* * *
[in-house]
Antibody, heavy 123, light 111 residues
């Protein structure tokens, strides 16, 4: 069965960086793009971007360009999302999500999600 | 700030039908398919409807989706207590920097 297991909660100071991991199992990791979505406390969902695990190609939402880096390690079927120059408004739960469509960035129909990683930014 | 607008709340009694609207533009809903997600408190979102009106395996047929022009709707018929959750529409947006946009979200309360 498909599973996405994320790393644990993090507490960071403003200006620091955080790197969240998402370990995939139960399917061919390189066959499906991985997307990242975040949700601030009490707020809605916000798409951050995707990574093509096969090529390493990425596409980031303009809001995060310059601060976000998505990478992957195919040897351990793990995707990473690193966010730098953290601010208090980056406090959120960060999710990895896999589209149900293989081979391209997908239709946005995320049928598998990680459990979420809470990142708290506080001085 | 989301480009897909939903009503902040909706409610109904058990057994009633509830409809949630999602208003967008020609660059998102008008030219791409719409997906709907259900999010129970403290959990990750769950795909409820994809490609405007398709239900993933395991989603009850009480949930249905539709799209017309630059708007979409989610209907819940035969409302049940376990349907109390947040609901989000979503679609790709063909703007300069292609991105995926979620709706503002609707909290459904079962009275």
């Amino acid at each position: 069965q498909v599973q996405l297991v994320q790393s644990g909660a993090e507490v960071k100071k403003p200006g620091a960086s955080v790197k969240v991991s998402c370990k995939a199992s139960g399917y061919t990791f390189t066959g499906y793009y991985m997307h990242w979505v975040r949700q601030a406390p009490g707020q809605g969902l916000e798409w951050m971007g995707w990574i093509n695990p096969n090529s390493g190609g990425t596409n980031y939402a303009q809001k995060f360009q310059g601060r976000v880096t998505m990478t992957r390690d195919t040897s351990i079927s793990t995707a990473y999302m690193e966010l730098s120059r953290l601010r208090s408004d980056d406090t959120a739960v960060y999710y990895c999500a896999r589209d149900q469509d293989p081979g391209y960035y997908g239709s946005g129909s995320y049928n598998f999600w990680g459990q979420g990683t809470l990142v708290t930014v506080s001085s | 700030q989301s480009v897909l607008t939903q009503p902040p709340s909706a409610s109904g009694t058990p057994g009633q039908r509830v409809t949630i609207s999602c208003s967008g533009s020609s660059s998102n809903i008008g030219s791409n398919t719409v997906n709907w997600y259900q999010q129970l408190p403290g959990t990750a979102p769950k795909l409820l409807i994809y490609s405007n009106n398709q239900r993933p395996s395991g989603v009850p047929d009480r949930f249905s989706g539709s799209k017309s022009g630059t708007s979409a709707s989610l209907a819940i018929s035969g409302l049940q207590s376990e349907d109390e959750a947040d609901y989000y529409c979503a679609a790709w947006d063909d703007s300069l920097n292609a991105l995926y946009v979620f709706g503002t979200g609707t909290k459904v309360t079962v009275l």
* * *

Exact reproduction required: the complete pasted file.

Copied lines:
[in-house]
Antibody, heavy 123, light 111 residues
């Protein structure tokens, strides 16, 4: 069965960086793009971007360009999302999500999600 | 700030039908398919409807989706207590920097 297991909660100071991991199992990791979505406390969902695990190609939402880096390690079927120059408004739960469509960035129909990683930014 | 607008709340009694609207533009809903997600408190979102009106395996047929022009709707018929959750529409947006946009979200309360 498909599973996405994320790393644990993090507490960071403003200006620091955080790197969240998402370990995939139960399917061919390189066959499906991985997307990242975040949700601030009490707020809605916000798409951050995707990574093509096969090529390493990425596409980031303009809001995060310059601060976000998505990478992957195919040897351990793990995707990473690193966010730098953290601010208090980056406090959120960060999710990895896999589209149900293989081979391209997908239709946005995320049928598998990680459990979420809470990142708290506080001085 | 989301480009897909939903009503902040909706409610109904058990057994009633509830409809949630999602208003967008020609660059998102008008030219791409719409997906709907259900999010129970403290959990990750769950795909409820994809490609405007398709239900993933395991989603009850009480949930249905539709799209017309630059708007979409989610209907819940035969409302049940376990349907109390947040609901989000979503679609790709063909703007300069292609991105995926979620709706503002609707909290459904079962009275």
């Amino acid at each position: 069965q498909v599973q996405l297991v994320q790393s644990g909660a993090e507490v960071k100071k403003p200006g620091a960086s955080v790197k969240v991991s998402c370990k995939a199992s139960g399917y061919t990791f390189t066959g499906y793009y991985m997307h990242w979505v975040r949700q601030a406390p009490g707020q809605g969902l916000e798409w951050m971007g995707w990574i093509n695990p096969n090529s390493g190609g990425t596409n980031y939402a303009q809001k995060f360009q310059g601060r976000v880096t998505m990478t992957r390690d195919t040897s351990i079927s793990t995707a990473y999302m690193e966010l730098s120059r953290l601010r208090s408004d980056d406090t959120a739960v960060y999710y990895c999500a896999r589209d149900q469509d293989p081979g391209y960035y997908g239709s946005g129909s995320y049928n598998f999600w990680g459990q979420g990683t809470l990142v708290t930014v506080s001085s | 700030q989301s480009v897909l607008t939903q009503p902040p709340s909706a409610s109904g009694t058990p057994g009633q039908r509830v409809t949630i609207s999602c208003s967008g533009s020609s660059s998102n809903i008008g030219s791409n398919t719409v997906n709907w997600y259900q999010q129970l408190p403290g959990t990750a979102p769950k795909l409820l409807i994809y490609s405007n009106n398709q239900r993933p395996s395991g989603v009850p047929d009480r949930f249905s989706g539709s799209k017309s022009g630059t708007s979409a709707s989610l209907a819940i018929s035969g409302l049940q207590s376990e349907d109390e959750a947040d609901y989000y529409c979503a679609a790709w947006d063909d703007s300069l920097n292609a991105l995926y946009v979620f709706g503002t979200g609707t909290k459904v309360t079962v009275l």